Boeing, he added, “need to get the Max up in the air, hold on to the customer base that they have and make sure they have a competitive price offering. Then, they can work with the engine manufacturers to see if there is a propulsion system that can make a difference.”
Boeing declined to comment for this article. However, industry sources said the company is talking to potential customers and engine makers about a new plane.
Asked “what’s next” on its first-quarter earnings call last month, chief executive Dave Calhoun suggested the company was looking at ways of improving cost efficiencies through deploying different engineering and manufacturing techniques.
“I expect the next product to get differentiated probably in a significant way on the basis of the way it’s engineered and built and less dependent on the propulsion package that goes with it,” he told analysts.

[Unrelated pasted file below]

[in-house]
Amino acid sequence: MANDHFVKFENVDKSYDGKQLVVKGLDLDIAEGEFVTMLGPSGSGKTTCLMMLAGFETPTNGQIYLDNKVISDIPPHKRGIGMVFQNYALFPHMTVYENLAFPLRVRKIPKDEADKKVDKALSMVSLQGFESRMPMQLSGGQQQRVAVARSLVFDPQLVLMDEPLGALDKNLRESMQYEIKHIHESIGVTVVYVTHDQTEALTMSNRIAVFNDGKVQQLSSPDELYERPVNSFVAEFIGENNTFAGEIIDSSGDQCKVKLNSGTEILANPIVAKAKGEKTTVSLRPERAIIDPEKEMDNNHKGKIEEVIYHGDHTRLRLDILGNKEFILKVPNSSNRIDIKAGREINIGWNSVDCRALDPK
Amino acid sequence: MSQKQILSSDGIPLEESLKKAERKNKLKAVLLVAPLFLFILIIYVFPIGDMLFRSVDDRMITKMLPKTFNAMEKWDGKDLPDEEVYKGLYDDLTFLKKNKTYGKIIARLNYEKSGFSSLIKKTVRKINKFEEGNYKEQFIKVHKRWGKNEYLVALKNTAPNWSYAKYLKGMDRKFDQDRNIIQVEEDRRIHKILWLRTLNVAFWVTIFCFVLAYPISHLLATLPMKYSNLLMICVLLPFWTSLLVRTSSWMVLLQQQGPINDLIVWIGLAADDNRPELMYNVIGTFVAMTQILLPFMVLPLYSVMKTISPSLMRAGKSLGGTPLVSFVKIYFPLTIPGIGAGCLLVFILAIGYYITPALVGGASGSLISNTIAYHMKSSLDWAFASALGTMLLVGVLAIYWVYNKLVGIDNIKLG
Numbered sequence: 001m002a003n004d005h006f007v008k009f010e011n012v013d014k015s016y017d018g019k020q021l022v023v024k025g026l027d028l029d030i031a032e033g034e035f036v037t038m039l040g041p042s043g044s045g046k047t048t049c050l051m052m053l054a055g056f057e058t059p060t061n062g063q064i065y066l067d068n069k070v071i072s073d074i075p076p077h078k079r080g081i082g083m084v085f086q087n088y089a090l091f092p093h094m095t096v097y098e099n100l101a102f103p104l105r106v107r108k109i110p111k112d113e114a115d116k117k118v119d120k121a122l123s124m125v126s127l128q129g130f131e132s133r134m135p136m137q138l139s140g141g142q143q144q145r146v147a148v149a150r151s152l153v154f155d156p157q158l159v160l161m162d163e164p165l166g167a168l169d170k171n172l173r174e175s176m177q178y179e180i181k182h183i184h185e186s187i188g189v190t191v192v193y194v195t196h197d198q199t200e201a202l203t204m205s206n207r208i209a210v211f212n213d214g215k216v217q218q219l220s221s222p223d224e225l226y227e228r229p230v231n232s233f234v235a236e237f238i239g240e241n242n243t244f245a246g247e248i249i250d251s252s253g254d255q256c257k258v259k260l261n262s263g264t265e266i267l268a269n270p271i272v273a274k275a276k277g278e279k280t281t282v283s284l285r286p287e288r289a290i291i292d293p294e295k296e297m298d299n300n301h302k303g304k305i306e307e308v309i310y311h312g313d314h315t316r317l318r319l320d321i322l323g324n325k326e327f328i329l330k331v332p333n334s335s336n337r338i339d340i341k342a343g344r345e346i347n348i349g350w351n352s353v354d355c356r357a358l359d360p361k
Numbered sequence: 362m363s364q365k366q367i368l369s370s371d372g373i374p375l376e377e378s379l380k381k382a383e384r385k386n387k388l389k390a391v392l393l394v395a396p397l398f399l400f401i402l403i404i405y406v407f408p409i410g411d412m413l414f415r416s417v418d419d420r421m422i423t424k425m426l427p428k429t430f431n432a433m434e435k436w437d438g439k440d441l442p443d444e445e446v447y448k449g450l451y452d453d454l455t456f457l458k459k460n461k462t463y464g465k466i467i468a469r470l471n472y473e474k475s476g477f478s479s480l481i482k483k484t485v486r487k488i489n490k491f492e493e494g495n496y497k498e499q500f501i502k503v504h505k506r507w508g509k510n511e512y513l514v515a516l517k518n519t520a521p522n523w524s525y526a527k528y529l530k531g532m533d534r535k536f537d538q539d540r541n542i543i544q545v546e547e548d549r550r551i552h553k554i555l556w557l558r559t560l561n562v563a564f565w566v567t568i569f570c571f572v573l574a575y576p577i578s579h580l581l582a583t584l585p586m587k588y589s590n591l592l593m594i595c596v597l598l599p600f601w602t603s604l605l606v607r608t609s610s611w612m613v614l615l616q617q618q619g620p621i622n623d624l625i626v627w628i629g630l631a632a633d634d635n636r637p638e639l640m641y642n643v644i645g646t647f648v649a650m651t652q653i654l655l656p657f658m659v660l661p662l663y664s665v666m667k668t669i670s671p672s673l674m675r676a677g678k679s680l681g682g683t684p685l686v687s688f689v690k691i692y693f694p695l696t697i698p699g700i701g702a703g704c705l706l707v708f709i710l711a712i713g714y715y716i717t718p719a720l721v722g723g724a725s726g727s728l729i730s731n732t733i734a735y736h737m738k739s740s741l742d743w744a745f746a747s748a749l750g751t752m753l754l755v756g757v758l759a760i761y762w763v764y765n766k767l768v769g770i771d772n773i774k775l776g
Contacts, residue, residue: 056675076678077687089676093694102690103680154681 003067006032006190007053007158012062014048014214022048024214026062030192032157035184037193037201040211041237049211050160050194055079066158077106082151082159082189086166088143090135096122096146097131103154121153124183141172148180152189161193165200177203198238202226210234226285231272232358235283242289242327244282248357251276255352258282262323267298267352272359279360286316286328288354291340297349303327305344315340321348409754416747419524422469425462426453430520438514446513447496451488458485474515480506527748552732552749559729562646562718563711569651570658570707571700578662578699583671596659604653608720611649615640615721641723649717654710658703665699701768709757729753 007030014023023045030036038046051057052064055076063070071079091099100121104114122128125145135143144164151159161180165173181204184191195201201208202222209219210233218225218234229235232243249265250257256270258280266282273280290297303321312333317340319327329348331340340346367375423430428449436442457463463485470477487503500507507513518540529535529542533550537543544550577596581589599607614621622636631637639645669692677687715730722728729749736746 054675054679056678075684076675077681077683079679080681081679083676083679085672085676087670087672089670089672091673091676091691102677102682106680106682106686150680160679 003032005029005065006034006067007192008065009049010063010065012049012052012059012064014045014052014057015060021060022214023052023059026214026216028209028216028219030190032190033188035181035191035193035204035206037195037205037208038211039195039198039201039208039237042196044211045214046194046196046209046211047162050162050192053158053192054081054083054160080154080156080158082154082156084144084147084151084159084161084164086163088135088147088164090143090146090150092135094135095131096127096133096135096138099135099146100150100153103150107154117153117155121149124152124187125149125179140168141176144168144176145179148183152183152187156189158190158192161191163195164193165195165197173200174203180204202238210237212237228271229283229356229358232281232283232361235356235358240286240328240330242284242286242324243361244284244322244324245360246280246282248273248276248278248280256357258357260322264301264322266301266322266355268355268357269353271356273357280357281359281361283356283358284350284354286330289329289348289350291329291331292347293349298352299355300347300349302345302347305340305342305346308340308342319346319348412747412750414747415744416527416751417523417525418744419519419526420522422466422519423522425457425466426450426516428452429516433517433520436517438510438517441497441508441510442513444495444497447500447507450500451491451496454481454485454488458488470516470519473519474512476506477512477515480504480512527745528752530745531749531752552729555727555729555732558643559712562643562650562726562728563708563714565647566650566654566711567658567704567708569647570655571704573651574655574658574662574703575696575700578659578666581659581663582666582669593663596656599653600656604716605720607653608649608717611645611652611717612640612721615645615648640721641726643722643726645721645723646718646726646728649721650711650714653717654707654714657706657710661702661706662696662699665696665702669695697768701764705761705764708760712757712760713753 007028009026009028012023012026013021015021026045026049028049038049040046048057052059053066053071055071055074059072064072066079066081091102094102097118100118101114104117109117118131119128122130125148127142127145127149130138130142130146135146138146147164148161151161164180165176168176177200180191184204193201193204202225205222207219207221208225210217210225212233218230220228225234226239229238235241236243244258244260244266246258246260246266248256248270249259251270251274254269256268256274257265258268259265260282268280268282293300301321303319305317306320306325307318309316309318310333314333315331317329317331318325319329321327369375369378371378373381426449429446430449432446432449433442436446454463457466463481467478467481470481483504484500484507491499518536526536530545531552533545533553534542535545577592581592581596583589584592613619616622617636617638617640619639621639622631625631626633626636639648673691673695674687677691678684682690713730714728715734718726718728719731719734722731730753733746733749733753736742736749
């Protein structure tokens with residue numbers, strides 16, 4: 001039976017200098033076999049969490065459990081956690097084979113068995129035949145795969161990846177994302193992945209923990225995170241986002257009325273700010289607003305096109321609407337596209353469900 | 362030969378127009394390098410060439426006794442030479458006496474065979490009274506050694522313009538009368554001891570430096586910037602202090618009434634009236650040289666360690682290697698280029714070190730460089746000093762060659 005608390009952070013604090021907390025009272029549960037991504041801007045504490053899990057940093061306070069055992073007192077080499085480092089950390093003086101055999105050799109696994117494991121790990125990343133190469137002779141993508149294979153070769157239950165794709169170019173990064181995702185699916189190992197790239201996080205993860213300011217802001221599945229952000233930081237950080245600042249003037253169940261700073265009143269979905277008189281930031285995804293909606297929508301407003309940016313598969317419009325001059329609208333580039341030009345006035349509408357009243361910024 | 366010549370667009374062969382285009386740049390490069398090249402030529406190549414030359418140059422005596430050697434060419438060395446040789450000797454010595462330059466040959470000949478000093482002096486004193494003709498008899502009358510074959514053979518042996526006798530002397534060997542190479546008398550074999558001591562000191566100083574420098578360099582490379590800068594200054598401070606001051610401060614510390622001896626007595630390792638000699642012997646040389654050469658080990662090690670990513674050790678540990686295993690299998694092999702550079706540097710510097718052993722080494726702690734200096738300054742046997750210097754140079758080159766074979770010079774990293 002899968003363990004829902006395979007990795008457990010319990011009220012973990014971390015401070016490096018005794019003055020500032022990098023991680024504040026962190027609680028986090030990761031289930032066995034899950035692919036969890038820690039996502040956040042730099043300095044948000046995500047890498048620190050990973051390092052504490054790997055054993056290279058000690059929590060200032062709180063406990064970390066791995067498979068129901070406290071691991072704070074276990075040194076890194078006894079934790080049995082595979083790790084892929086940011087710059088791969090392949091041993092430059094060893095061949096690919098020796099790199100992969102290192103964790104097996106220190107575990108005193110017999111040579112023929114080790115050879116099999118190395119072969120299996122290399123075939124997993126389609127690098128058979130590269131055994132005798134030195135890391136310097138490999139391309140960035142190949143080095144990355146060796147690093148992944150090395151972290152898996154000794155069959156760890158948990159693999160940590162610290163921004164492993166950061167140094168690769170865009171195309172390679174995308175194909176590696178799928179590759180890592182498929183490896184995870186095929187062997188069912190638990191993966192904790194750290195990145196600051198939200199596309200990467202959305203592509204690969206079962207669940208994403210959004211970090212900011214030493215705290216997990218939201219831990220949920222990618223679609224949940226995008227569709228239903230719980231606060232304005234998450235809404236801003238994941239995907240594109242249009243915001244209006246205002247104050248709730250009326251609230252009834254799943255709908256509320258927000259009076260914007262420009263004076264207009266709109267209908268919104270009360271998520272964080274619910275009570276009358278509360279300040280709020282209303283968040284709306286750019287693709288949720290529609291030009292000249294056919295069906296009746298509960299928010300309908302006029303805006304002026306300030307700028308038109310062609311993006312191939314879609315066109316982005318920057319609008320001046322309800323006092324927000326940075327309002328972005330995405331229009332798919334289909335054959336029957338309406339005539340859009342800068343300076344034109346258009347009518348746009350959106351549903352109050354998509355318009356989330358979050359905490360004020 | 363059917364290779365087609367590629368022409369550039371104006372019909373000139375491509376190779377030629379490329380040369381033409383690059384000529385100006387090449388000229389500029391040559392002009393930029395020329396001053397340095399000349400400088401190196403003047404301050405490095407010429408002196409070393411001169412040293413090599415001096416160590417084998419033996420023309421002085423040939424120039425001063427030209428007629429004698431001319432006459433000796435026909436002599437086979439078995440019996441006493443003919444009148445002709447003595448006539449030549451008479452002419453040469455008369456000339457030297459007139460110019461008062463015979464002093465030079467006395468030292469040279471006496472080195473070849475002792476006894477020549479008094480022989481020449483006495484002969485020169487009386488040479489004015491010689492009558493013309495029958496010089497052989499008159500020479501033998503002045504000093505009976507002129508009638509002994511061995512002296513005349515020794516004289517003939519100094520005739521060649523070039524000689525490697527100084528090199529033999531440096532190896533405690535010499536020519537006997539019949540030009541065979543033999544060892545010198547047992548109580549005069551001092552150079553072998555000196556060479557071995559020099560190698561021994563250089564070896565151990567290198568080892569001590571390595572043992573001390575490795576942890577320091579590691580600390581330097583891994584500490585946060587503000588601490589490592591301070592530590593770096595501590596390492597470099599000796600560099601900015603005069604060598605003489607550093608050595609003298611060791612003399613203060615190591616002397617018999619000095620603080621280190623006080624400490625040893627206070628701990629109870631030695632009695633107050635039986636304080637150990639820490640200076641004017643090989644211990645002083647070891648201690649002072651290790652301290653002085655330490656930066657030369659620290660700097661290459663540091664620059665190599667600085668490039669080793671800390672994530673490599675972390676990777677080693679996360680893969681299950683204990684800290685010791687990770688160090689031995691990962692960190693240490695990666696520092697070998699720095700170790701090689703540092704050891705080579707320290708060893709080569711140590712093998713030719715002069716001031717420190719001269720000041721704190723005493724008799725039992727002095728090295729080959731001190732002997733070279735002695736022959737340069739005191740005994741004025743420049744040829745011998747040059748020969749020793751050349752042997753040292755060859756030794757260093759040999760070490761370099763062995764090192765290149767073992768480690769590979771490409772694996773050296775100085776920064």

Back in Toulouse, Airbus’s executives are watching for Boeing’s next move. The pressure on manufacturers to decarbonise is growing. Before the pandemic, aviation accounted for about 2.4 per cent of global emissions. Airbus has thrown its weight behind a plan to have a zero-emission, hydrogen-powered aircraft ready for service by 2035.
“Plan A today is hydrogen. Sustainable aviation fuel would be the intermediate step,” said Scherer, adding that “for the overall ecosystem and for the staying power of our industry, I think it is preferable that we all concentrate on decarbonising our industry”.
Nevertheless, he insists the company is keeping its “options open” and will not rule out launching another conventionally powered aircraft.
“We are today the number one aircraft manufacturer in the world. You have to expect us to want to maintain that.”